Postdoctoral Position to Investigate and Model the Role of Strait Flows in Large Climate Transitions at the Department of Geological Sciences
Large climate transitions in Earth’s history are often hypothesized to have been a consequence of continental drift episodes that opened or closed oceanic straits. The ocean affects the climate primarily through its capacity to store carbon and to redistribute heat. These controls are tightly linked to the structure and strength of the large scale ocean circulation. This postdoctoral project will use a global coupled Atmosphere–Ocean–Ice model, CM2Mc or similar, to investigate the relevance of strait flows for one or more of the Earth’s major climate transitions.
The specific direction of the study will be guided by the interest of the successful applicant. Potential focus points include, but are not limited to, the following (in chronological order):
The onset of Antarctic glaciation and North Atlantic Deep Water formation at the Eocene-Oligocene boundary has been linked to the opening of Drake Passage and the Tasman Seeway. The Mid-Miocene Climate Optimum occurred close to the time when the gateways between the Arctic Ocean, the Nordic Seas, and the Atlantic Ocean opened up and the Thethys Seaway closed. The onset of Northern Hemisphere large scale glaciations around 3 million years ago has been associated with the closing of the Panama Gateway and the opening of the Bering Strait. The opening of the Bering Strait following the last glacial period allowed freshwater transport between the Pacific and the Atlantic oceans that may have had a stabilizing effect on climate. The candidate will be employed at the Department of Geological Sciences and be part of the Bolin Centre for Climate Research. The Bolin Centre brings together observationalists and modellers from a wide range of backgrounds to study the climate at all time scales and as such the centre provides a stimulating working environment.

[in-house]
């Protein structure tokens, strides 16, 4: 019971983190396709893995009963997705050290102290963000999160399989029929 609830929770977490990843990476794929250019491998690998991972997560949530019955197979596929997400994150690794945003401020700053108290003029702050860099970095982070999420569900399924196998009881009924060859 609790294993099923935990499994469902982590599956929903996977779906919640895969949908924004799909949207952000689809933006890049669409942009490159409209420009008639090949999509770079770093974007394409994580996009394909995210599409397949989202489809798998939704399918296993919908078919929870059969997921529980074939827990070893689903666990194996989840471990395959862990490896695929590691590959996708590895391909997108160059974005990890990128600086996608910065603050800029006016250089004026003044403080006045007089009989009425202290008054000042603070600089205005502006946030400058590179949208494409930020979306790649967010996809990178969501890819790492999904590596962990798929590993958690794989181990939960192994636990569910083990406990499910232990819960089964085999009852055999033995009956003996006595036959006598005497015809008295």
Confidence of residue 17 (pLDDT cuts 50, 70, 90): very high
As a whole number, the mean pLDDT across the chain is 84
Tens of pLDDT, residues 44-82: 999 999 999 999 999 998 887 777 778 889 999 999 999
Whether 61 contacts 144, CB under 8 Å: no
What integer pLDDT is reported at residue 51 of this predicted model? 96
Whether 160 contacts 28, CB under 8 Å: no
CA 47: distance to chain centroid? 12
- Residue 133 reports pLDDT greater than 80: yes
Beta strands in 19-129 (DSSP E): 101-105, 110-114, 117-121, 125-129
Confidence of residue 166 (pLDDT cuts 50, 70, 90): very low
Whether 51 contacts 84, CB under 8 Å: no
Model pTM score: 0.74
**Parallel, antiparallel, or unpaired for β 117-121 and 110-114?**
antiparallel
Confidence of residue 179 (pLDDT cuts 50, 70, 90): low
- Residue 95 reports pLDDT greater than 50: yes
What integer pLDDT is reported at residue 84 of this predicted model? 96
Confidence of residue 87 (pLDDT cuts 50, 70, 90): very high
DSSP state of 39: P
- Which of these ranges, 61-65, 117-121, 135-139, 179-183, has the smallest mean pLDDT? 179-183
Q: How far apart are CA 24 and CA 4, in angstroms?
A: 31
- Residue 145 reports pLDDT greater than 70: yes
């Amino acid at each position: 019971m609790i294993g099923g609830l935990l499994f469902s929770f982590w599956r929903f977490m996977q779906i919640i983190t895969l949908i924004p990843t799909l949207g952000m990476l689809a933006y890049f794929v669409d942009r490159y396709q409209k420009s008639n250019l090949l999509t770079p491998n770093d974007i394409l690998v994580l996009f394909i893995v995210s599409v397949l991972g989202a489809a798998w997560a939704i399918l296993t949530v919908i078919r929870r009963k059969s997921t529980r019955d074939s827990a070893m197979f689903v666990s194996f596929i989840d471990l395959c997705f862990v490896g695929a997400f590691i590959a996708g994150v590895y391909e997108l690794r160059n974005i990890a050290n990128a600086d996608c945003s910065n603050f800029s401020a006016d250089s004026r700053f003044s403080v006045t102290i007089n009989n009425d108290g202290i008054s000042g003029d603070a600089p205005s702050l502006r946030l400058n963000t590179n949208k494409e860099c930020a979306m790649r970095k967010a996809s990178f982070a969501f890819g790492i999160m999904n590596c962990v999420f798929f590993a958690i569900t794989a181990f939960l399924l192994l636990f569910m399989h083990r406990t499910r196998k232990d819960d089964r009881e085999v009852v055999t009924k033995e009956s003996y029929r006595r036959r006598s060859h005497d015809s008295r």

A PhD, or other degree that is deemed similar to a PhD, in physical oceanography, climatology, atmospheric dynamics, marine geophysics or other relevant field of science is required. Experience of large scale ocean or atmosphere modelling is desirable.
Terms of employment
The position is full time for a maximum of two years. The working language will be English. The starting date is aimed to be 31 March 2014.
Stockholm University strives to be a workplace which is free from discrimination and offers equal opportunities to everyone.
Further information about the position can be requested from Agatha de Boer, telephone +46-(0)8-16 47 30, email@example.com.
Anqi Lindblom-Ahlm (Saco-S) and Lisbeth Häggberg (Fackförbundet ST),
telephone +46-(0)8-16 20 00 (switchboard), and Gunnar Stenberg (SEKO),
telephone +46-(0)70-316 43 41.
The application shall include:
– cover letter,
– CV with publication list,
– maximum 2-page long description of proposed research focus,
–proof of doctoral degree, and
– contact information for two academic referees (the committee will contact them directly if required).
Please send your application, marked with the reference number
SU FV-3702-13, no later than January 17, 2014, by e-mail to: firstname.lastname@example.org.
The electronic documents should be in Word or PDF format.
N.B. Quote the reference number SU FV-3702-13 in all correspondence.